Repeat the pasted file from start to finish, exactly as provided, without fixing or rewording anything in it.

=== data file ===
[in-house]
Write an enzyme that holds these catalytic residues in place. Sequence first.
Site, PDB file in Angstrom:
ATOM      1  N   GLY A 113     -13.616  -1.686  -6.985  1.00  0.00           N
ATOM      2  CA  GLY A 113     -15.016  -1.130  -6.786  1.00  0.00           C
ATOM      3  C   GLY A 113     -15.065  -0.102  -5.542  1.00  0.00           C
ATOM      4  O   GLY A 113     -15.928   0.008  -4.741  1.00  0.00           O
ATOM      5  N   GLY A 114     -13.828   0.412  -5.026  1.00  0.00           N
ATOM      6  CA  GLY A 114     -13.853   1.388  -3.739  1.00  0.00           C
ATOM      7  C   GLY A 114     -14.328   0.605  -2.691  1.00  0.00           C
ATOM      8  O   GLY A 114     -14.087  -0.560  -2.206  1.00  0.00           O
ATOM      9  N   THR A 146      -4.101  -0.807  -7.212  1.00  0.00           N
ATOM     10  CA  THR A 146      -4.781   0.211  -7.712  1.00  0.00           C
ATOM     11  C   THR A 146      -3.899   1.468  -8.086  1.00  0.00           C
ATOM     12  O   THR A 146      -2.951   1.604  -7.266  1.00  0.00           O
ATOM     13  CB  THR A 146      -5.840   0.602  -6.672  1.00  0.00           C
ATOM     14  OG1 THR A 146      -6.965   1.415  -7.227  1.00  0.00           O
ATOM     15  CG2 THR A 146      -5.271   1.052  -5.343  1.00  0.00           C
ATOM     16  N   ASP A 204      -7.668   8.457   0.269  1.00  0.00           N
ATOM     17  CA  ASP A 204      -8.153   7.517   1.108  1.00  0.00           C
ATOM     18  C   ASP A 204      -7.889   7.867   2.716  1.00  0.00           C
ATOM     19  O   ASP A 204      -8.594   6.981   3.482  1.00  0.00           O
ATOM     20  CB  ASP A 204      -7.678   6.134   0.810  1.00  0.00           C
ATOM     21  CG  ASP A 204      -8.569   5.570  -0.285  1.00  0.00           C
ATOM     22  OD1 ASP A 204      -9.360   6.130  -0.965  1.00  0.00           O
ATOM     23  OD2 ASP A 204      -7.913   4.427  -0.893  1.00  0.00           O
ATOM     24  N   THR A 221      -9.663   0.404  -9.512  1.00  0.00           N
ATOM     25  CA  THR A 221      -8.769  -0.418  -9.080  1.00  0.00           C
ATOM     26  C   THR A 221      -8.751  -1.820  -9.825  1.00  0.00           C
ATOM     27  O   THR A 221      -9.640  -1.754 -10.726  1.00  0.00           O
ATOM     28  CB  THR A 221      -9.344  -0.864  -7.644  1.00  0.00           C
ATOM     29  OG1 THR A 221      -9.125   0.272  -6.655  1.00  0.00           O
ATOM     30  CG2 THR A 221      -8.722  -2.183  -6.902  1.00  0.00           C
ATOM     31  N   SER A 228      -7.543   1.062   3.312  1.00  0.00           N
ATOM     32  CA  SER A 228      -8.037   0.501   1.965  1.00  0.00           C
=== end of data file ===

[in-house]
Write an enzyme that holds these catalytic residues in place. Sequence first.
Site, PDB file in Angstrom:
ATOM      1  N   GLY A 113     -13.616  -1.686  -6.985  1.00  0.00           N
ATOM      2  CA  GLY A 113     -15.016  -1.130  -6.786  1.00  0.00           C
ATOM      3  C   GLY A 113     -15.065  -0.102  -5.542  1.00  0.00           C
ATOM      4  O   GLY A 113     -15.928   0.008  -4.741  1.00  0.00           O
ATOM      5  N   GLY A 114     -13.828   0.412  -5.026  1.00  0.00           N
ATOM      6  CA  GLY A 114     -13.853   1.388  -3.739  1.00  0.00           C
ATOM      7  C   GLY A 114     -14.328   0.605  -2.691  1.00  0.00           C
ATOM      8  O   GLY A 114     -14.087  -0.560  -2.206  1.00  0.00           O
ATOM      9  N   THR A 146      -4.101  -0.807  -7.212  1.00  0.00           N
ATOM     10  CA  THR A 146      -4.781   0.211  -7.712  1.00  0.00           C
ATOM     11  C   THR A 146      -3.899   1.468  -8.086  1.00  0.00           C
ATOM     12  O   THR A 146      -2.951   1.604  -7.266  1.00  0.00           O
ATOM     13  CB  THR A 146      -5.840   0.602  -6.672  1.00  0.00           C
ATOM     14  OG1 THR A 146      -6.965   1.415  -7.227  1.00  0.00           O
ATOM     15  CG2 THR A 146      -5.271   1.052  -5.343  1.00  0.00           C
ATOM     16  N   ASP A 204      -7.668   8.457   0.269  1.00  0.00           N
ATOM     17  CA  ASP A 204      -8.153   7.517   1.108  1.00  0.00           C
ATOM     18  C   ASP A 204      -7.889   7.867   2.716  1.00  0.00           C
ATOM     19  O   ASP A 204      -8.594   6.981   3.482  1.00  0.00           O
ATOM     20  CB  ASP A 204      -7.678   6.134   0.810  1.00  0.00           C
ATOM     21  CG  ASP A 204      -8.569   5.570  -0.285  1.00  0.00           C
ATOM     22  OD1 ASP A 204      -9.360   6.130  -0.965  1.00  0.00           O
ATOM     23  OD2 ASP A 204      -7.913   4.427  -0.893  1.00  0.00           O
ATOM     24  N   THR A 221      -9.663   0.404  -9.512  1.00  0.00           N
ATOM     25  CA  THR A 221      -8.769  -0.418  -9.080  1.00  0.00           C
ATOM     26  C   THR A 221      -8.751  -1.820  -9.825  1.00  0.00           C
ATOM     27  O   THR A 221      -9.640  -1.754 -10.726  1.00  0.00           O
ATOM     28  CB  THR A 221      -9.344  -0.864  -7.644  1.00  0.00           C
ATOM     29  OG1 THR A 221      -9.125   0.272  -6.655  1.00  0.00           O
ATOM     30  CG2 THR A 221      -8.722  -2.183  -6.902  1.00  0.00           C
ATOM     31  N   SER A 228      -7.543   1.062   3.312  1.00  0.00           N
ATOM     32  CA  SER A 228      -8.037   0.501   1.965  1.00  0.00           C